Senate President Cathy Giessel has named John Binkley, a Fairbanks businessman, former Republican legislator and 2006 GOP candidate for governor, to the board that will redraw Alaska’s political boundaries after the 2020 census.
Giessel, a Republican, announced her selection one day after Gov. Mike Dunleavy picked two other Republicans for the five-person board, which now has a firm Republican majority.
Binkley said it is not his intent to be a partisan figure.
“My hope is that we have a fair process with a balanced outcome and that people will respect that we listen to Alaskans,” he said.
Speaker of the House Bryce Edgmon, I-Dillingham, will name the next selection to the board but said Tuesday he does not have a firm timeline to do so. The state constitution requires selections be made before Sept. 1.
After Edgmon’s pick, Alaska Supreme Court Chief Justice Joel Bolger will name the fifth and final person to the board.
Binkley’s sons and daughter are the owners of the Anchorage Daily News, and Binkley himself does not have a role in the paper’s operations. The Binkleys are not involved in news coverage.
Speaking Tuesday, one day before announcing her pick, Giessel said she had been “looking for someone who of course is a Republican but is very fair-minded. A very important criteria to me is someone who will listen.”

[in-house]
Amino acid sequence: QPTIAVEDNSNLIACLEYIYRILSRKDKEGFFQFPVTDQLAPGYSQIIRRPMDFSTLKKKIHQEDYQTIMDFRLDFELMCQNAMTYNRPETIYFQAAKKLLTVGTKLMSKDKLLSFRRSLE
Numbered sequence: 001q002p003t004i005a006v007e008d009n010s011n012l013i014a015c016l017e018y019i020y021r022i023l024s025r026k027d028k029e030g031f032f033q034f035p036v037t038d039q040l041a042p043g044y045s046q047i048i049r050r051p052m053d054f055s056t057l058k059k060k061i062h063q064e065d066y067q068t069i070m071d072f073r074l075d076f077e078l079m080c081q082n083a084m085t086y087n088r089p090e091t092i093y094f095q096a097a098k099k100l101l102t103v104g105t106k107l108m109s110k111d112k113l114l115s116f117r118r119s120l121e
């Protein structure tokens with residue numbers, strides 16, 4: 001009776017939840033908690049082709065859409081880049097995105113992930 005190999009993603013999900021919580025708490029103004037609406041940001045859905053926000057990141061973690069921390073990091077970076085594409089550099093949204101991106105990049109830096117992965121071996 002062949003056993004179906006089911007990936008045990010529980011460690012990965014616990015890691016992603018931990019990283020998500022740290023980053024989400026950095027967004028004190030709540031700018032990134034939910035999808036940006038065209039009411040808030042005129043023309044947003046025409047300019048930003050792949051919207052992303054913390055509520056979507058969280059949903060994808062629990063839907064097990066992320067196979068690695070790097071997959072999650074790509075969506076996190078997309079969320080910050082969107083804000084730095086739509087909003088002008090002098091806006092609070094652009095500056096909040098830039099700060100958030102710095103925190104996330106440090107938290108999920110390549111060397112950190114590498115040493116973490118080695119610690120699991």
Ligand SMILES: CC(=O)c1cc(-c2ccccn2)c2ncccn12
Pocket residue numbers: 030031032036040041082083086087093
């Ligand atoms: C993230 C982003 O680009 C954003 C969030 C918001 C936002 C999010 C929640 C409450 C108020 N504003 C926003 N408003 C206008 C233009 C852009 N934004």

She said she “surveyed Republicans from every community in the state” before coming up with a short list of potential picks.
“One of the things I told them … I was looking for an Alaskan that all Alaska could be proud to have serving on this board,” she said, adding that she has no expectation that her pick will protect her own legislative district.
The Alaska Constitution requires at least one redistricting board member from each of the state’s four judicial districts. Binkley would fulfill the requirement to have someone from the Interior. Dunleavy’s picks were from Southeast and Southcentral Alaska. The seat representing the North Slope and Western Alaska has not yet been filled.
After the U.S. Census Bureau releases final 2020 census results in July 2021, the board will have no more than 90 days to finalize new boundaries for state House and Senate districts. The board cannot add seats to the House or Senate, but it must redraw the lines so each district has roughly equal population.
To limit gerrymandering, the state constitution requires districts to be “formed of contiguous and compact territory containing as nearly as practicable a relatively integrated socio-economic area.”
According to state population estimates, the board will be required to draw a House district in the Matanuska-Susitna Borough at the expense of Fairbanks, Southeast and parts of rural Alaska.
The board’s actions are always politically contentious, and each decade since 1970, the redistricting process has ended with a decision by the Alaska Supreme Court.
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